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Murray Edwards College
University of Cambridge

Cécile Thiaucourt (Veterinary Medicine) discusses her recent charity work

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    28 October 2020

    Cécile Thiaucourt (Veterinary Medicine) discusses her recent charity work helping rescue local wildlife in France.

    When did your enthusiasm for helping animals begin?

    Coming from a rural area in the south of France, I have wanted to work in nature conservation for as long as I can remember. My interest in biology and my (sometimes frightening) tendency to dissect any animal I could find on the side of the road drove me to address this from a veterinary perspective. As conservation is such an international discipline, applying to a world-renowned English-speaking university seemed like the logical next step and I luckily matriculated at Murray Edwards College in 2016.

    How have your studies at Murray Edwards College developed your interest in conservation?

    The supportive and friendly atmosphere of the College was hugely comforting in the first few years, especially coming from an international background that inevitably involved adapting to the new system. During my third intermitting year, I chose to study a mix of subjects that really appealed to me, ranging from conservation to psychology, and I wrote a dissertation about the reintroduction of tigers as a conservation tool which was awarded one of the best marks in the year. The following summer I used what I had learnt in third year during an internship in the Living Lab for Sustainability as the Biodiversity engagement intern. Last year, the Ecological Advisory Panel of the University invited me to be their student representative after I gave a short presentation of my internship results, which has been an incredible opportunity to keep in touch with some ecological work during the clinical part of the veterinary course.

    How did you get involved with charity work rescuing local wildlife in France?

    During the summer of my fourth year, I had planned several veterinary placements in various places, but the pandemic decided otherwise. Luckily, a neighbour had recently brought me an owl he had found injured in his chimney, which made me discover a local wildlife rescue hospital and I decided to volunteer for most of my summer at that place.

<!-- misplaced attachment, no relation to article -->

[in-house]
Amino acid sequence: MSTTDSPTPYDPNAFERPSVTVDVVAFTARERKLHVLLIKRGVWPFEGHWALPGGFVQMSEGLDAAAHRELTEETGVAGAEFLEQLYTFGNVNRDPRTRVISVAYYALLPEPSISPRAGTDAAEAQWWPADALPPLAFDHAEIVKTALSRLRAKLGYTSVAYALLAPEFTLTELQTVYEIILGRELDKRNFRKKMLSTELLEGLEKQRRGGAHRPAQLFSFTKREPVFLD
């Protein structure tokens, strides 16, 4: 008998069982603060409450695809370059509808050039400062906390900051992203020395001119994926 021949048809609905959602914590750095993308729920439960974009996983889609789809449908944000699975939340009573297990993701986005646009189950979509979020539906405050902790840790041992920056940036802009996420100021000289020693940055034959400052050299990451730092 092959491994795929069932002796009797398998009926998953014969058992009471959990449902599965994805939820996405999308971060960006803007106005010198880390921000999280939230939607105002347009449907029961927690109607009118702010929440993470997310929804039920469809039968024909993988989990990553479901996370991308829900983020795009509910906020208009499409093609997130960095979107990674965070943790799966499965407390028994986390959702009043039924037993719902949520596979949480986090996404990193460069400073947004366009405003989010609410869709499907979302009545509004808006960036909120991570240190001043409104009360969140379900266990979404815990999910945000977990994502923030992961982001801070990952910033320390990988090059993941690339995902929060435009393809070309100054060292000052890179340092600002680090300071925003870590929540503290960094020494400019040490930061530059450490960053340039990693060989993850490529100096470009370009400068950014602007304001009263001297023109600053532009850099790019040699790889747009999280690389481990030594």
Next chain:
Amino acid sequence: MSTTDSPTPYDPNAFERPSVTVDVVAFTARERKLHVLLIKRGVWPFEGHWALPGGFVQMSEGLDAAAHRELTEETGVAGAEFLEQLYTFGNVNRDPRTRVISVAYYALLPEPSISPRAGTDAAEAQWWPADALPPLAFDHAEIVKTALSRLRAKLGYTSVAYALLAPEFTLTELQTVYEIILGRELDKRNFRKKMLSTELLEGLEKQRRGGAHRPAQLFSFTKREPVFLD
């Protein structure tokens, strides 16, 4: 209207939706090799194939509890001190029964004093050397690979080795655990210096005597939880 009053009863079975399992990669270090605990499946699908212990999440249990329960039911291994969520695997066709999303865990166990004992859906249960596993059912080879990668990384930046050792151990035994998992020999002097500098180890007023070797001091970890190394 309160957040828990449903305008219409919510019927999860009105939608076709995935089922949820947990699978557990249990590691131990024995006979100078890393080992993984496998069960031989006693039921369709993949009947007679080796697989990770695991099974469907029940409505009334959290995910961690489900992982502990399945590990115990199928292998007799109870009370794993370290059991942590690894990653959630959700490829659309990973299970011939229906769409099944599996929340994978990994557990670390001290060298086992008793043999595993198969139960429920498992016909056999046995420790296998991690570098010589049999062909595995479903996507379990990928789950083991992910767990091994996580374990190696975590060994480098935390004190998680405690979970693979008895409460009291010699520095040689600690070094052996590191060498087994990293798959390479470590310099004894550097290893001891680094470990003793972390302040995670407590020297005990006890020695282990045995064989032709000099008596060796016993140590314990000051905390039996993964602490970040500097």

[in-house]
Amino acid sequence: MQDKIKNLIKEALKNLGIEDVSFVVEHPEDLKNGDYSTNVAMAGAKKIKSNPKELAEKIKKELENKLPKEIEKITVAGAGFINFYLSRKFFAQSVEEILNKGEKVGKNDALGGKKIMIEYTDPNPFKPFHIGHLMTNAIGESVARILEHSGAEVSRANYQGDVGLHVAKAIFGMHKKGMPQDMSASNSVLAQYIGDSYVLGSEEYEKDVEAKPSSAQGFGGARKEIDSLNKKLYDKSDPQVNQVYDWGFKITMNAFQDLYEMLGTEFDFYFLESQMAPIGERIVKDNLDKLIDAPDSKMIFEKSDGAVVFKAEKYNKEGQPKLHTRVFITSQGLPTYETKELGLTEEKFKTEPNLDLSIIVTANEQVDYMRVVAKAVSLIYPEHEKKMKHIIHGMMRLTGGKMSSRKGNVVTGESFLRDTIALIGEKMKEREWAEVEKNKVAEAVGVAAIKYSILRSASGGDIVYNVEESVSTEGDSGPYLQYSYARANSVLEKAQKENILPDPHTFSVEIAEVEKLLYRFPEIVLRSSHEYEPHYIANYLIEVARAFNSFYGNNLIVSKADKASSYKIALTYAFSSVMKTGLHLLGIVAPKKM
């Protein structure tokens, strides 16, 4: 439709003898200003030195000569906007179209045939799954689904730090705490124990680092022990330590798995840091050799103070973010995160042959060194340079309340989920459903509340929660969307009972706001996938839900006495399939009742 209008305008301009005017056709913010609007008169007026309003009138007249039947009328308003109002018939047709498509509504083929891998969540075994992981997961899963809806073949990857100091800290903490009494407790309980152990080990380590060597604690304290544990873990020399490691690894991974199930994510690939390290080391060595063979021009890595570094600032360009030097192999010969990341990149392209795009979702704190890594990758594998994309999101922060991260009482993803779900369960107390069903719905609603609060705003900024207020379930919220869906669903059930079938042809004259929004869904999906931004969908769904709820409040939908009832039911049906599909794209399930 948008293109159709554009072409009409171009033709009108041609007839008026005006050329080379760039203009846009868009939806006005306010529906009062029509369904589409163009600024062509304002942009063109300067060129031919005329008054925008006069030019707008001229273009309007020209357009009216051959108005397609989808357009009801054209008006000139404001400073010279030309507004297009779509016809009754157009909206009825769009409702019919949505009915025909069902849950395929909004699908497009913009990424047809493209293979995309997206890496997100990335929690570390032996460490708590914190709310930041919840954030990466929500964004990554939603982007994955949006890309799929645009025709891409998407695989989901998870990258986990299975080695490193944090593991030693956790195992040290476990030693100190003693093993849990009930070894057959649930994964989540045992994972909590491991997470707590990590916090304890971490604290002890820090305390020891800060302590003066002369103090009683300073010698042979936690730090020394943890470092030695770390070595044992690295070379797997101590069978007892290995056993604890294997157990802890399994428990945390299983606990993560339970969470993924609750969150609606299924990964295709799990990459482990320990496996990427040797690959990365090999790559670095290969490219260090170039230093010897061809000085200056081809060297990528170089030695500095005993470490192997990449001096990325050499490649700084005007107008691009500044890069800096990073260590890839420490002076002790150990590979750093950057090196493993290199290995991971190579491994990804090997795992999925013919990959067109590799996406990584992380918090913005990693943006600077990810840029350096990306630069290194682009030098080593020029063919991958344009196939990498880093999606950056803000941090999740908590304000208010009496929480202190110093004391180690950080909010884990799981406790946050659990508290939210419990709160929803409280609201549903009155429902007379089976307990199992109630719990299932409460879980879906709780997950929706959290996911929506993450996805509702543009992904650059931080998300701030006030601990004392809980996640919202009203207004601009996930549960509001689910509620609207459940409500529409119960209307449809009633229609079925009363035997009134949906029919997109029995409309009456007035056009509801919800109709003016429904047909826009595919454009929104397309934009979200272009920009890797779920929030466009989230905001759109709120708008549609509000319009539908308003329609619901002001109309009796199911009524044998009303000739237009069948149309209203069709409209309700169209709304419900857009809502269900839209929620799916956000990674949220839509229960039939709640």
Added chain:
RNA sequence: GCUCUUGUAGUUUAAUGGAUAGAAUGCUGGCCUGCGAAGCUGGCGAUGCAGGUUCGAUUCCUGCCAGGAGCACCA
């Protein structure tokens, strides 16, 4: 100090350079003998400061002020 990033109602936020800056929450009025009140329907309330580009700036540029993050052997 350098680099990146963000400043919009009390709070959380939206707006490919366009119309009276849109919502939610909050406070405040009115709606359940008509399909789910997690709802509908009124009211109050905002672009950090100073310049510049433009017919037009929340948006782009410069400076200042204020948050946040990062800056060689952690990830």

Can you tell us about this rescue hospital and what you did there?

    Located between Montpellier and a regional National Park, this charity is one of only four of its kind in France to have a full-time vet working there. My time was divided between feeding the resident animals, treating animals that needed medical attention, assisting surgeries twice a week, and occasionally observing post-mortems to find out more about the cause of death. All of this was supervised by the fascinating and passionate vet who created the charity 25 years ago. This summer we received around a thousand animals needing help, mostly birds, ranging from the magnificent short-toed eagle – a specialist predator of snakes –to the Scops owl that weighs merely 90 grams and every year flies the 4000 km that separate us from its winter quarters in sub-Saharan Africa. We also received a good bunch of mammals: hedgehogs, bats, foxes and the occasional beaver and badger. 

    What did you learn from your work and how will it help you moving forward?

    Overall, this has been a fantastic experience that was thankfully counted towards ‘extra mural studies’ (work placements) by the vet school and gave me a whole new look at the wildlife of my original region! Entering vet school, my goal was to travel and work with the so called ‘big five’, but this placement has completely changed my point of view and I now feel it is much more legitimate to work to protect the wildlife I have grown up with. This topic is so dear to me that this year I am working remotely with the charity on some of the projects they have, including: settling a ‘vulture safe zone’ in the south of France and creating a new wildlife hospital in Montpellier, with the aim of raising awareness about the sometimes catastrophic state of our wild species. In the long-term, I hope to contribute to this huge, yet not impossible, challenge to restore habitats and populations and learn from the amazing people who have already started this task.

    Cécile’s charity is currently running a crowdfunding campaign to investigate the cause of lead poisoning in vultures. For more information and to support the cause click here.